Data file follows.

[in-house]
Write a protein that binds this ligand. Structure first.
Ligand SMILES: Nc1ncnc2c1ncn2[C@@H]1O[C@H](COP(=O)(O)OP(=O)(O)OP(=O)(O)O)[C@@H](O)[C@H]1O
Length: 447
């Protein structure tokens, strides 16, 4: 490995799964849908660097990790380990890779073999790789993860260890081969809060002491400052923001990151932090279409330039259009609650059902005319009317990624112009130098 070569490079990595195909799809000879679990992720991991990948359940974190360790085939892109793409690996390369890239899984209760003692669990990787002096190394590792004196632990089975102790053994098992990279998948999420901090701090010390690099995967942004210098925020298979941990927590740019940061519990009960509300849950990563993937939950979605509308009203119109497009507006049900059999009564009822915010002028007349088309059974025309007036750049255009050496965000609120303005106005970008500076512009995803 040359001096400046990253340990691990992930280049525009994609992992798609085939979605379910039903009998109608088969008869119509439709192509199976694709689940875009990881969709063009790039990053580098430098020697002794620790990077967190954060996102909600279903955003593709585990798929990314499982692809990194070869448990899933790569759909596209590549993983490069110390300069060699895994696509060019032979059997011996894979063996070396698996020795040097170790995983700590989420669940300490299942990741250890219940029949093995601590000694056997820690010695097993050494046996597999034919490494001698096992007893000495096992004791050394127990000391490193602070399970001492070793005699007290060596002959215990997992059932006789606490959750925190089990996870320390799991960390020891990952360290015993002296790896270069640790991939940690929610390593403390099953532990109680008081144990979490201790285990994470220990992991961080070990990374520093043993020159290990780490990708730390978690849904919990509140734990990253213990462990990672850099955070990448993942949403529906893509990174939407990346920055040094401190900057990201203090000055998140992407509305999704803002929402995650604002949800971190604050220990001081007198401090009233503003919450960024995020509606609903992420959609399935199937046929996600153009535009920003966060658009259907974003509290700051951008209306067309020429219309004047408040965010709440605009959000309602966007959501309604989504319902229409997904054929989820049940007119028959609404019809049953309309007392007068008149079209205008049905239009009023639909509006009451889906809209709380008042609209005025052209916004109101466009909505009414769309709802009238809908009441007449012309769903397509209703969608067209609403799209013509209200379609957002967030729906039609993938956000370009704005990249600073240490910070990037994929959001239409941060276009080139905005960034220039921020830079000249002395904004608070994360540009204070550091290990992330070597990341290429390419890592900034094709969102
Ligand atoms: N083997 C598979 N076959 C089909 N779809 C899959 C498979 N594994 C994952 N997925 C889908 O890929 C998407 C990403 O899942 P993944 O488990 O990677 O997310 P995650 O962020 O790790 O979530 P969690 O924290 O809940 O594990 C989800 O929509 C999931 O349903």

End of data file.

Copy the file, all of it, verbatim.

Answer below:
[in-house]
Write a protein that binds this ligand. Structure first.
Ligand SMILES: Nc1ncnc2c1ncn2[C@@H]1O[C@H](COP(=O)(O)OP(=O)(O)OP(=O)(O)O)[C@@H](O)[C@H]1O
Length: 447
């Protein structure tokens, strides 16, 4: 490995799964849908660097990790380990890779073999790789993860260890081969809060002491400052923001990151932090279409330039259009609650059902005319009317990624112009130098 070569490079990595195909799809000879679990992720991991990948359940974190360790085939892109793409690996390369890239899984209760003692669990990787002096190394590792004196632990089975102790053994098992990279998948999420901090701090010390690099995967942004210098925020298979941990927590740019940061519990009960509300849950990563993937939950979605509308009203119109497009507006049900059999009564009822915010002028007349088309059974025309007036750049255009050496965000609120303005106005970008500076512009995803 040359001096400046990253340990691990992930280049525009994609992992798609085939979605379910039903009998109608088969008869119509439709192509199976694709689940875009990881969709063009790039990053580098430098020697002794620790990077967190954060996102909600279903955003593709585990798929990314499982692809990194070869448990899933790569759909596209590549993983490069110390300069060699895994696509060019032979059997011996894979063996070396698996020795040097170790995983700590989420669940300490299942990741250890219940029949093995601590000694056997820690010695097993050494046996597999034919490494001698096992007893000495096992004791050394127990000391490193602070399970001492070793005699007290060596002959215990997992059932006789606490959750925190089990996870320390799991960390020891990952360290015993002296790896270069640790991939940690929610390593403390099953532990109680008081144990979490201790285990994470220990992991961080070990990374520093043993020159290990780490990708730390978690849904919990509140734990990253213990462990990672850099955070990448993942949403529906893509990174939407990346920055040094401190900057990201203090000055998140992407509305999704803002929402995650604002949800971190604050220990001081007198401090009233503003919450960024995020509606609903992420959609399935199937046929996600153009535009920003966060658009259907974003509290700051951008209306067309020429219309004047408040965010709440605009959000309602966007959501309604989504319902229409997904054929989820049940007119028959609404019809049953309309007392007068008149079209205008049905239009009023639909509006009451889906809209709380008042609209005025052209916004109101466009909505009414769309709802009238809908009441007449012309769903397509209703969608067209609403799209013509209200379609957002967030729906039609993938956000370009704005990249600073240490910070990037994929959001239409941060276009080139905005960034220039921020830079000249002395904004608070994360540009204070550091290990992330070597990341290429390419890592900034094709969102
Ligand atoms: N083997 C598979 N076959 C089909 N779809 C899959 C498979 N594994 C994952 N997925 C889908 O890929 C998407 C990403 O899942 P993944 O488990 O990677 O997310 P995650 O962020 O790790 O979530 P969690 O924290 O809940 O594990 C989800 O929509 C999931 O349903």